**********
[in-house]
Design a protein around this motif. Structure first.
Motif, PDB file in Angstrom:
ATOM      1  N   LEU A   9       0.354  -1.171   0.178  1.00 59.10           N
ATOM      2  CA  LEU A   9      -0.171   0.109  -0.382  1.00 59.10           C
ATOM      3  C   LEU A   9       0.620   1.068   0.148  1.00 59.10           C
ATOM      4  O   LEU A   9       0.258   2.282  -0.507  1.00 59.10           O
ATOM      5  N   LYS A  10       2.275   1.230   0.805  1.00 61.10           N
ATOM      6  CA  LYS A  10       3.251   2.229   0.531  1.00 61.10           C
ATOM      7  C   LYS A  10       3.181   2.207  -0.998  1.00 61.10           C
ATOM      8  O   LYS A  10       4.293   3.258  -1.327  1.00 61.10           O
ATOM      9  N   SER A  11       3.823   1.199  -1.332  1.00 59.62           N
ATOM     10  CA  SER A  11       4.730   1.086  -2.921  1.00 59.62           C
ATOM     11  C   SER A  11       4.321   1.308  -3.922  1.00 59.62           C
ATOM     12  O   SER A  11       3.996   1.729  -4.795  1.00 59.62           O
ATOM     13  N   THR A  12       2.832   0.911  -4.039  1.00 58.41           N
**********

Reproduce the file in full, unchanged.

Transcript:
[in-house]
Design a protein around this motif. Structure first.
Motif, PDB file in Angstrom:
ATOM      1  N   LEU A   9       0.354  -1.171   0.178  1.00 59.10           N
ATOM      2  CA  LEU A   9      -0.171   0.109  -0.382  1.00 59.10           C
ATOM      3  C   LEU A   9       0.620   1.068   0.148  1.00 59.10           C
ATOM      4  O   LEU A   9       0.258   2.282  -0.507  1.00 59.10           O
ATOM      5  N   LYS A  10       2.275   1.230   0.805  1.00 61.10           N
ATOM      6  CA  LYS A  10       3.251   2.229   0.531  1.00 61.10           C
ATOM      7  C   LYS A  10       3.181   2.207  -0.998  1.00 61.10           C
ATOM      8  O   LYS A  10       4.293   3.258  -1.327  1.00 61.10           O
ATOM      9  N   SER A  11       3.823   1.199  -1.332  1.00 59.62           N
ATOM     10  CA  SER A  11       4.730   1.086  -2.921  1.00 59.62           C
ATOM     11  C   SER A  11       4.321   1.308  -3.922  1.00 59.62           C
ATOM     12  O   SER A  11       3.996   1.729  -4.795  1.00 59.62           O
ATOM     13  N   THR A  12       2.832   0.911  -4.039  1.00 58.41           N